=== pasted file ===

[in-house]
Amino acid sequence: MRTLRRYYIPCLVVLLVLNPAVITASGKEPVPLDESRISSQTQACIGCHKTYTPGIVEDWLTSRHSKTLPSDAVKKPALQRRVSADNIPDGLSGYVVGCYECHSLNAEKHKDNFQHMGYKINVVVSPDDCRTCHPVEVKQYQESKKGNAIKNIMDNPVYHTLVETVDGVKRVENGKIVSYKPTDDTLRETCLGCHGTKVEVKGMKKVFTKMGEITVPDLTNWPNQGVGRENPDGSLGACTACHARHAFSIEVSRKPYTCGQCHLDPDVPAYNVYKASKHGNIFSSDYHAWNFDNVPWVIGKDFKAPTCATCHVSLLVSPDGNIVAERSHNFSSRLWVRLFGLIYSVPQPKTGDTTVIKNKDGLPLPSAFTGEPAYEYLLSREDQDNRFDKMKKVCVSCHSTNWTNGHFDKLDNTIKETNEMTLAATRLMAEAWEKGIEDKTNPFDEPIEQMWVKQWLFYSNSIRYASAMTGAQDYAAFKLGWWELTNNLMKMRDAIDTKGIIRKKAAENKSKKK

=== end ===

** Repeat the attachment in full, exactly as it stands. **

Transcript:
[in-house]
Amino acid sequence: MRTLRRYYIPCLVVLLVLNPAVITASGKEPVPLDESRISSQTQACIGCHKTYTPGIVEDWLTSRHSKTLPSDAVKKPALQRRVSADNIPDGLSGYVVGCYECHSLNAEKHKDNFQHMGYKINVVVSPDDCRTCHPVEVKQYQESKKGNAIKNIMDNPVYHTLVETVDGVKRVENGKIVSYKPTDDTLRETCLGCHGTKVEVKGMKKVFTKMGEITVPDLTNWPNQGVGRENPDGSLGACTACHARHAFSIEVSRKPYTCGQCHLDPDVPAYNVYKASKHGNIFSSDYHAWNFDNVPWVIGKDFKAPTCATCHVSLLVSPDGNIVAERSHNFSSRLWVRLFGLIYSVPQPKTGDTTVIKNKDGLPLPSAFTGEPAYEYLLSREDQDNRFDKMKKVCVSCHSTNWTNGHFDKLDNTIKETNEMTLAATRLMAEAWEKGIEDKTNPFDEPIEQMWVKQWLFYSNSIRYASAMTGAQDYAAFKLGWWELTNNLMKMRDAIDTKGIIRKKAAENKSKKK